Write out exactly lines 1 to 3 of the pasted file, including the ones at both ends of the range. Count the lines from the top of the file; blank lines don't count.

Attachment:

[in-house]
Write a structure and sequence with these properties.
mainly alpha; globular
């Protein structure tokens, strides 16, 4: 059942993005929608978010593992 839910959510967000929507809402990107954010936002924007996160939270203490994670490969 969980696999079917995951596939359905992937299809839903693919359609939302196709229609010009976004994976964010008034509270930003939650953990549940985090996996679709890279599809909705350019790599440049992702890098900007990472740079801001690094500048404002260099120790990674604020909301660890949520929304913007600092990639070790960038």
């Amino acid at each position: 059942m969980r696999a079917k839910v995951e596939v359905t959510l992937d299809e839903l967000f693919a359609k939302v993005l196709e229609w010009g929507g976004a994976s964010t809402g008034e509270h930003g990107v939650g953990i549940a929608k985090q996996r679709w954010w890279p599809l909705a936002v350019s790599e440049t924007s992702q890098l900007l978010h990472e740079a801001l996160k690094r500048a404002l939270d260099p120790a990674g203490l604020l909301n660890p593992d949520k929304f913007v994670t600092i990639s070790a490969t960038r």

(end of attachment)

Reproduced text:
[in-house]
Write a structure and sequence with these properties.
mainly alpha; globular